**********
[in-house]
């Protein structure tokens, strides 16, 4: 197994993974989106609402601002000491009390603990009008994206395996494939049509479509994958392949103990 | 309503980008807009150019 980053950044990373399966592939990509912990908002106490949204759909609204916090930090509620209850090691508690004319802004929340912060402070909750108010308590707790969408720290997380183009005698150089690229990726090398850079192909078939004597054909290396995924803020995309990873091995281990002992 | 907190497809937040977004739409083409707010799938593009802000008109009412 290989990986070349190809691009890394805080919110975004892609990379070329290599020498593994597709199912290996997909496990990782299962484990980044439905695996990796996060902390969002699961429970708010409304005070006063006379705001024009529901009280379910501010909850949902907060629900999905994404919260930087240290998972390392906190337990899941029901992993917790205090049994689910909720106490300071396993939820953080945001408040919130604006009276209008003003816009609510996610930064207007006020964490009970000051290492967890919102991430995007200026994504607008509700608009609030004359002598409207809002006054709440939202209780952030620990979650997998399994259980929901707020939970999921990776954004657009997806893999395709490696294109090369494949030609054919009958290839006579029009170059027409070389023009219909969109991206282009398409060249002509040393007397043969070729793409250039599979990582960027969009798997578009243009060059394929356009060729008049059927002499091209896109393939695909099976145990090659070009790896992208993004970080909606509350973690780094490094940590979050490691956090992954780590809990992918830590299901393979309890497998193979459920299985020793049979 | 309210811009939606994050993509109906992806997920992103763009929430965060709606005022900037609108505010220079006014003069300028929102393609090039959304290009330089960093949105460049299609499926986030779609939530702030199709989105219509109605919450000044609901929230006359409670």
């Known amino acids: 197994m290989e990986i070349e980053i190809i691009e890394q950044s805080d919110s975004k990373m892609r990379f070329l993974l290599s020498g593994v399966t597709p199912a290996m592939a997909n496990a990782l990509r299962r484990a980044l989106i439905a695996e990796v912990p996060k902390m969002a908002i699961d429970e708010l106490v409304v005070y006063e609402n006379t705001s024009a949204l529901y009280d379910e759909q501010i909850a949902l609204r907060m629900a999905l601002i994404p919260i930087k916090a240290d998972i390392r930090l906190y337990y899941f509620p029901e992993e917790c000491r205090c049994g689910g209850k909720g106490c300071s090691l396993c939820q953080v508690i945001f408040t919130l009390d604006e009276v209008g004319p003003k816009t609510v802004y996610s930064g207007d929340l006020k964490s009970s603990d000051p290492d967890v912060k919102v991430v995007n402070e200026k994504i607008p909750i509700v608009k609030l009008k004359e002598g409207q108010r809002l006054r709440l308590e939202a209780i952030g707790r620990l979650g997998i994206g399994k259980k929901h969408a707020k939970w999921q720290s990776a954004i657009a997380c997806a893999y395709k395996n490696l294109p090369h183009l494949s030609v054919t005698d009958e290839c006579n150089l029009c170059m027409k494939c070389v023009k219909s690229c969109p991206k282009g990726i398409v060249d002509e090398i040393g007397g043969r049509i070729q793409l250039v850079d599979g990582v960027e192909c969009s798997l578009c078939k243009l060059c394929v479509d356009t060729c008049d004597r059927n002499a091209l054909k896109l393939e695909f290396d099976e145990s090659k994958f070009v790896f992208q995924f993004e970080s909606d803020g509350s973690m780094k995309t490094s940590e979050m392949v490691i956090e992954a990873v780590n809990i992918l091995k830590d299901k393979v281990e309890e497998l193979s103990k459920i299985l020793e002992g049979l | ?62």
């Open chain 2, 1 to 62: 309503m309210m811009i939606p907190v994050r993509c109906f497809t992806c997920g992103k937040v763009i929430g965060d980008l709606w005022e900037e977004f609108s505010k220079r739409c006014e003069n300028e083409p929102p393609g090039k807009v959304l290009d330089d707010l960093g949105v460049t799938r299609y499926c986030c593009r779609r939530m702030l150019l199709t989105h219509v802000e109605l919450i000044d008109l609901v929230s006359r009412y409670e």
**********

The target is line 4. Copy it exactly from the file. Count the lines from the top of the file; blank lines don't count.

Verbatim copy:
């Open chain 2, 1 to 62: 309503m309210m811009i939606p907190v994050r993509c109906f497809t992806c997920g992103k937040v763009i929430g965060d980008l709606w005022e900037e977004f609108s505010k220079r739409c006014e003069n300028e083409p929102p393609g090039k807009v959304l290009d330089d707010l960093g949105v460049t799938r299609y499926c986030c593009r779609r939530m702030l150019l199709t989105h219509v802000e109605l919450i000044d008109l609901v929230s006359r009412y409670e």